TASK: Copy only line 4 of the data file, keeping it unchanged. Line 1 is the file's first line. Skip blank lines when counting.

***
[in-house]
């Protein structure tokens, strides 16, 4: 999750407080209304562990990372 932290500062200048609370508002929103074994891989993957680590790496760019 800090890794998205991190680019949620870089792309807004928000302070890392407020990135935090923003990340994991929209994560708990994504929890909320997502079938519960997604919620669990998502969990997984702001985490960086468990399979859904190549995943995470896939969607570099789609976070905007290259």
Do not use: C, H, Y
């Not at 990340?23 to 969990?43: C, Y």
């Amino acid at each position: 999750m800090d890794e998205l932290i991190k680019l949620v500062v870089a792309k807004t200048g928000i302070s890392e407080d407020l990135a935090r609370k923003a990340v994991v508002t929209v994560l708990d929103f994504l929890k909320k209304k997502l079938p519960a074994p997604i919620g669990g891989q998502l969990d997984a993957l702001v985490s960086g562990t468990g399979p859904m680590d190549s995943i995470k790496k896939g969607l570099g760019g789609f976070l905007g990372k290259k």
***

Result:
């Not at 990340?23 to 969990?43: C, Y």